Tuesday, June 30, 2009

Cost of Economic Crisis and Ageing

A report by the IMF suggests that the fiscal cost of the current recession and economic crisis will be dwarfed by the looming demographic timebomb slowly creeping upon many developed countries.

This forecast is the last thing the government will want to hear, given they are desperately trying to juggle the political and social desire to increase spending, with long term fiscal deficits which require some kind of future spending cuts.

e.g. in US, the net present value of the the current recession to 2050 is about 20% of GDP. But, the net present value of an ageing population is close to 700% of GDP. In Britain the cost of an ageing population is around 300% of GDP

I have talked about the demographic timebomb on previous occasions. If I keep returning to it, the reason is that it is liable to prove the defining economic issue of the next few decades. A few startling statistics.

  • In 1950, 95 million or 12% of the developed world population was over 60.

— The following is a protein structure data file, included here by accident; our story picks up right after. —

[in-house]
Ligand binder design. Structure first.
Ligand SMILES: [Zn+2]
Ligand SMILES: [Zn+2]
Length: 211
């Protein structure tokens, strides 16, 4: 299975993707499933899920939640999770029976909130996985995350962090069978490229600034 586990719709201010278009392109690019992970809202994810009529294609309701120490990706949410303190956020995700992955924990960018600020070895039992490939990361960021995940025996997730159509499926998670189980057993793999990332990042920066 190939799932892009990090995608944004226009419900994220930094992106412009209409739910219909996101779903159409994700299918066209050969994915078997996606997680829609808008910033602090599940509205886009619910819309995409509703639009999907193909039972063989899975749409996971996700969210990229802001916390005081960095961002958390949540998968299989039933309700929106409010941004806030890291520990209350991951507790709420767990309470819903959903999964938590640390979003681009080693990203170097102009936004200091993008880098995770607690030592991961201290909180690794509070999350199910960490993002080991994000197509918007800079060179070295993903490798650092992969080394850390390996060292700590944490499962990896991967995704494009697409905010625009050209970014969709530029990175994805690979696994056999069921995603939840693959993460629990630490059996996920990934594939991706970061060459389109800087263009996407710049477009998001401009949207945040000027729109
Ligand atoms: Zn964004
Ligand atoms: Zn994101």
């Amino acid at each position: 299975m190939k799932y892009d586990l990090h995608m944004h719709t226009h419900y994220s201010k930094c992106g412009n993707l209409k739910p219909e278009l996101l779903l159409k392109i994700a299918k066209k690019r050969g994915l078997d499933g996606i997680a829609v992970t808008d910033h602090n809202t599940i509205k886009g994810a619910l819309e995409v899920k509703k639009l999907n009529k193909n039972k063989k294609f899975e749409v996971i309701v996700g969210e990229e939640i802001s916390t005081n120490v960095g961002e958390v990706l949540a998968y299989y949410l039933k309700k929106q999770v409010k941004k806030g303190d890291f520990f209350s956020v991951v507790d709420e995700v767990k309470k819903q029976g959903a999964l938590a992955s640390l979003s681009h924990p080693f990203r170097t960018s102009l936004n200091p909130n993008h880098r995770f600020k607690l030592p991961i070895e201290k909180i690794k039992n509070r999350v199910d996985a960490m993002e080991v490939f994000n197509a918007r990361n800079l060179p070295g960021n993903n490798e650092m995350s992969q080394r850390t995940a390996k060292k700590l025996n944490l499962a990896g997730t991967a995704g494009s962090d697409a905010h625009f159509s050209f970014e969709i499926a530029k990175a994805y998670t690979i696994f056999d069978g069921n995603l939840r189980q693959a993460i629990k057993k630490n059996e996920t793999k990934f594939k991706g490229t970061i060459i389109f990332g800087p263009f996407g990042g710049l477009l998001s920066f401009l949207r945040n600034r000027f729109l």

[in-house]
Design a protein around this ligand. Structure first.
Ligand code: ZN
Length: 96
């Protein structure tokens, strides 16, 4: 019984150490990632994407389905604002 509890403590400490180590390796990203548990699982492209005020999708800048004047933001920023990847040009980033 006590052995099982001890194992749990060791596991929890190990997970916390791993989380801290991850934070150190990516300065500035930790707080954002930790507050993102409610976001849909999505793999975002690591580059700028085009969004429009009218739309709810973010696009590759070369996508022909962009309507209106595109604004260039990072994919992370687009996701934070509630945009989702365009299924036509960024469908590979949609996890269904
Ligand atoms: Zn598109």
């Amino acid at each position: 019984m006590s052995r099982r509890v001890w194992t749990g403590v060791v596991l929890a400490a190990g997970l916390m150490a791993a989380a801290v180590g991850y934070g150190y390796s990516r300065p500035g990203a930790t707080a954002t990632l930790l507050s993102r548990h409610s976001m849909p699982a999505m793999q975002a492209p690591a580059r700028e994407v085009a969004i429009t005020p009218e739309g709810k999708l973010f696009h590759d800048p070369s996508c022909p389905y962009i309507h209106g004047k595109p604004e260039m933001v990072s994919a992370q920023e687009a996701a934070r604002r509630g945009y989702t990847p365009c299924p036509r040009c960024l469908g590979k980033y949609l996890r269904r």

• In 2010 that has risen to 269 million or 22%.
  • By 2050 that is forecast to rise to 416 million or 33% of the developed world.
  • It is almost a tripling of the population over 60. Yet, apart from a few exceptions, retirement ages have increased only by a small amount - if at all.
Source: "World Population Prospects", United Nations 2009

It is not just a situation related to developed countries, it is also becoming an issue for developing countries like China

This is not to suggest the economic cost of the current recession is a trifling matter, but, what it means is that efforts to reduce the cyclical deficits will prove very difficult as underlying structural deficits play a growing role in shaping government's deficits.

An ageing population should not be a cause of depression. An ageing population is a sign of better living standards, improved health care and longer life expectancy. Improved life expectancy should be welcomed as a major achievement, but, if we expect this increased life expectancy to just equate to increased length of retirement we will let one of the great boons of the modern age become one of the great curses.

Someone will having to be making difficult choices, will the taxpayer be sympathetic?

A slow burning fuse - special report at Economist

No comments: